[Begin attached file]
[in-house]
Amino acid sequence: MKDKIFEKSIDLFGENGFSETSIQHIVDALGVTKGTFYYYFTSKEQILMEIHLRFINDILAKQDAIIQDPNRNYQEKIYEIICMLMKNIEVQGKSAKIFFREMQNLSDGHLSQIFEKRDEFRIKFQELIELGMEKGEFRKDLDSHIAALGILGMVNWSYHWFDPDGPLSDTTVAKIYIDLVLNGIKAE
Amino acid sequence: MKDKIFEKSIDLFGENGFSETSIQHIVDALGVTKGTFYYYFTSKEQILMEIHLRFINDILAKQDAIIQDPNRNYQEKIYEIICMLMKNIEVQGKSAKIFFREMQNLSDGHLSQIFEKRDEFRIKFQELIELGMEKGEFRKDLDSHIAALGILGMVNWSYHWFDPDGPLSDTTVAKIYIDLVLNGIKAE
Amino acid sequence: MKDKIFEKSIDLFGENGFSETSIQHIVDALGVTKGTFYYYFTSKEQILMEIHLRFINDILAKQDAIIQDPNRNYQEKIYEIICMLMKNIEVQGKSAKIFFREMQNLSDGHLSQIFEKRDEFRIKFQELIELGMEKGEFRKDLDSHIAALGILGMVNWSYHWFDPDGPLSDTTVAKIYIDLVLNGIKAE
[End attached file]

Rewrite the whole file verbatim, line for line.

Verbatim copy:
[in-house]
Amino acid sequence: MKDKIFEKSIDLFGENGFSETSIQHIVDALGVTKGTFYYYFTSKEQILMEIHLRFINDILAKQDAIIQDPNRNYQEKIYEIICMLMKNIEVQGKSAKIFFREMQNLSDGHLSQIFEKRDEFRIKFQELIELGMEKGEFRKDLDSHIAALGILGMVNWSYHWFDPDGPLSDTTVAKIYIDLVLNGIKAE
Amino acid sequence: MKDKIFEKSIDLFGENGFSETSIQHIVDALGVTKGTFYYYFTSKEQILMEIHLRFINDILAKQDAIIQDPNRNYQEKIYEIICMLMKNIEVQGKSAKIFFREMQNLSDGHLSQIFEKRDEFRIKFQELIELGMEKGEFRKDLDSHIAALGILGMVNWSYHWFDPDGPLSDTTVAKIYIDLVLNGIKAE
Amino acid sequence: MKDKIFEKSIDLFGENGFSETSIQHIVDALGVTKGTFYYYFTSKEQILMEIHLRFINDILAKQDAIIQDPNRNYQEKIYEIICMLMKNIEVQGKSAKIFFREMQNLSDGHLSQIFEKRDEFRIKFQELIELGMEKGEFRKDLDSHIAALGILGMVNWSYHWFDPDGPLSDTTVAKIYIDLVLNGIKAE